After that I got two more of that size as they were the cheapest option. As I earned enough from all my hard work, I would buy another - ending up with 3 of those smaller ones, and then an 18ft x 54ft much taller one at the bottom of the hill where it was more sheltered. That was luxury indeed! These served me well until I gave up commercial growing in the mid '90's, mainly to look after my late mother who had increasing dementia and also to pursue my dream of becoming a sculptor - which enabled me to be around the house more for my mother. I still grew all my own food in the old larger tunnel, and promised myself that if I ever had the chance - then I would one day buy the very best I could possibly afford, with sturdy real doors - not the 'roll up' ones which so easily catch in the wind.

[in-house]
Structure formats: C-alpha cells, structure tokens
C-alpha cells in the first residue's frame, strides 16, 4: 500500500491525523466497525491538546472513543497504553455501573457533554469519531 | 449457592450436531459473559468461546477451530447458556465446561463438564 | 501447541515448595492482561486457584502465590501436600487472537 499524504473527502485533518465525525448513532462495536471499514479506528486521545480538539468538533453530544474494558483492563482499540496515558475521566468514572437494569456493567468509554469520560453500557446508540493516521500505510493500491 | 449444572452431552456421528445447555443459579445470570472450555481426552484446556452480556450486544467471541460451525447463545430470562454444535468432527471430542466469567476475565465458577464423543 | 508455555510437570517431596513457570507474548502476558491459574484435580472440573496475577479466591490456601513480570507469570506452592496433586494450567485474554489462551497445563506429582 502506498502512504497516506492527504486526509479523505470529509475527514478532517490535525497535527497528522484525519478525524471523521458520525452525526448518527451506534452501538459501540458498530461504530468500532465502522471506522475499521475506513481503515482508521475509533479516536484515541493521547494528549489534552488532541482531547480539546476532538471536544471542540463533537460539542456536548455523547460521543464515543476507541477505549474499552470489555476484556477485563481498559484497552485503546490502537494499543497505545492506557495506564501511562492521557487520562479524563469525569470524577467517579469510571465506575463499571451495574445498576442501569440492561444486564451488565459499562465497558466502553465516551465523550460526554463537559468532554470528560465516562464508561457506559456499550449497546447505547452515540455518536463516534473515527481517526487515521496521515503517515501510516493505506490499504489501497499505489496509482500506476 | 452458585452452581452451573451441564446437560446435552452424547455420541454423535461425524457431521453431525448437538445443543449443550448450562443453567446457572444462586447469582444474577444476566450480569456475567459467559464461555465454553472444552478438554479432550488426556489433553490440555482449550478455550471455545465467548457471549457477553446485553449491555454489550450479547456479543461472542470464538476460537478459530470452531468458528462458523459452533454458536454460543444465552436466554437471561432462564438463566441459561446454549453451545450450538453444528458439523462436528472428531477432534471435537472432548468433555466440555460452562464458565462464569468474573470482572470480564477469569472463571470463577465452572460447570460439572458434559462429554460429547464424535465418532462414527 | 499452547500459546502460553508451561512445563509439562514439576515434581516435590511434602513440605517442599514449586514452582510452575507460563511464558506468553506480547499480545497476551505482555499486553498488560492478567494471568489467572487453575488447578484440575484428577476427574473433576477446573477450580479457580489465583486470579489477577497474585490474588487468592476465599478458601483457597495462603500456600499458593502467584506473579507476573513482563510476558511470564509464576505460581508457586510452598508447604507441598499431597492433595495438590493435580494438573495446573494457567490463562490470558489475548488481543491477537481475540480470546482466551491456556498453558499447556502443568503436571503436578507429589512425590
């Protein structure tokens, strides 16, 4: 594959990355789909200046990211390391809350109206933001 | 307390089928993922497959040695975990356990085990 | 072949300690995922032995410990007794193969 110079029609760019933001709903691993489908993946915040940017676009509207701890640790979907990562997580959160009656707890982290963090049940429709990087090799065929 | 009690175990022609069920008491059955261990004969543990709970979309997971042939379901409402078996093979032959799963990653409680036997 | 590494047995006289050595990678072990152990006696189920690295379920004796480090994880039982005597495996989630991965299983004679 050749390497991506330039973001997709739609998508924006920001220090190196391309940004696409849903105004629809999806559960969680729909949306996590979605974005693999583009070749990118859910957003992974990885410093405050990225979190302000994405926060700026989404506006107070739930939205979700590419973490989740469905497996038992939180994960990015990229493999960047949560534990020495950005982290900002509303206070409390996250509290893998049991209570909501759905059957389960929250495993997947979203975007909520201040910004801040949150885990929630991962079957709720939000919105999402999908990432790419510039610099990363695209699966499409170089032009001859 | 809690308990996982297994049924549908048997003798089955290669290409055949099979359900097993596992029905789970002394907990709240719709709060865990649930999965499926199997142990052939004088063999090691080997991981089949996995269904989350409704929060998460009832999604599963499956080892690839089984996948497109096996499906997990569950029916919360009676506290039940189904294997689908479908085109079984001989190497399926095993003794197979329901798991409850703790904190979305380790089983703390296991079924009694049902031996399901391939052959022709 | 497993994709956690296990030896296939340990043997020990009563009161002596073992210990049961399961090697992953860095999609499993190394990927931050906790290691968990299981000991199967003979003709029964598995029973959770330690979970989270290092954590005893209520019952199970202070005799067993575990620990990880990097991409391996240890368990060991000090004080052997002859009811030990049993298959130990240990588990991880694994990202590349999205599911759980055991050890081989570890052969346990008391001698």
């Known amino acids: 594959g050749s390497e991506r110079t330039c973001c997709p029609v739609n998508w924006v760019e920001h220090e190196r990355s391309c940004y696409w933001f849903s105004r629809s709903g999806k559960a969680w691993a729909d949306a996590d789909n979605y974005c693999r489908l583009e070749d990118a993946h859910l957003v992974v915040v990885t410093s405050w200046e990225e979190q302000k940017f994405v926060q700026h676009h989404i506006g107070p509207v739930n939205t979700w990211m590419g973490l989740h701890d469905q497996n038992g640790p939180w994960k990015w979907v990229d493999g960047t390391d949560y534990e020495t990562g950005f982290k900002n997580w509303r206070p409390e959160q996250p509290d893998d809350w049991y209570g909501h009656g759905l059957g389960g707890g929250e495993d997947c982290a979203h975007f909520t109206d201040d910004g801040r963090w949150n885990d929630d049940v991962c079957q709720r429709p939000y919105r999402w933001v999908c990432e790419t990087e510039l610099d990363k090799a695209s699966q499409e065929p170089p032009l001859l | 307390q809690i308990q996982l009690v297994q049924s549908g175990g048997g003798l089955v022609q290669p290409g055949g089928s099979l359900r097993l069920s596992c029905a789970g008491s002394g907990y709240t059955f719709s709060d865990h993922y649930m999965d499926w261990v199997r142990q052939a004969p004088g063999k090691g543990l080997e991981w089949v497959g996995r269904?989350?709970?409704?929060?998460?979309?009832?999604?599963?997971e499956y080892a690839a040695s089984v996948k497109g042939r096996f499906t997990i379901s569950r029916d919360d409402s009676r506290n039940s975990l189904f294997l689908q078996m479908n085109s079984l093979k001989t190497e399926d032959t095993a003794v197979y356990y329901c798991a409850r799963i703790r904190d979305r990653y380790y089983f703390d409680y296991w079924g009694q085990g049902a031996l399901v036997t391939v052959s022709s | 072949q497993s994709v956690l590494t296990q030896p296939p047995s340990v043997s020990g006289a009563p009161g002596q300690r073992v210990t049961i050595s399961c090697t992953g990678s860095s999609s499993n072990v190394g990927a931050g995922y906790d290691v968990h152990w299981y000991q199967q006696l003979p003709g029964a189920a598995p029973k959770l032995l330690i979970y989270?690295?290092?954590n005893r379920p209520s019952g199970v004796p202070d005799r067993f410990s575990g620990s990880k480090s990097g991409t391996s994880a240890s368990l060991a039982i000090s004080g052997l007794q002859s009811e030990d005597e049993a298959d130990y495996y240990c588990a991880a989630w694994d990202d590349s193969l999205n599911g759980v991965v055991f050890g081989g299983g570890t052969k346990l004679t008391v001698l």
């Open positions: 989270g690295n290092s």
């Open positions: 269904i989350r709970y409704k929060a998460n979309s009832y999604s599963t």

I come from a farming family and used to breed horses as a hobby until very recently. Sadly I haven't been allowed to ride for over 30 years or so now due to increasing spinal problems, but I loved having horses around, and luckily they've always earned their keep! Just in case you might think we're millionaires - I had a bit of good fortune a few years ago. I happened to sell one extremely well, so I finally decided to go for it and realise my long-held dream of a buying two polytunnels that would last as long as me. These will hopefully enable me to still go on gardening - growing food both for us and for nature and bringing me a lot of joy - even if sooner or later I become increasingly disabled as doctors have predicted!  Having learnt so much about polytunnels over the years - I went for the strongest and biggest I could afford, both with a really heavy gauge steel frame, cladding strips to hold the polythene along the sides to make re-covering easier if and when necessary, with the toughest heavy polythene covers and they proper sliding and hinged-opening doors.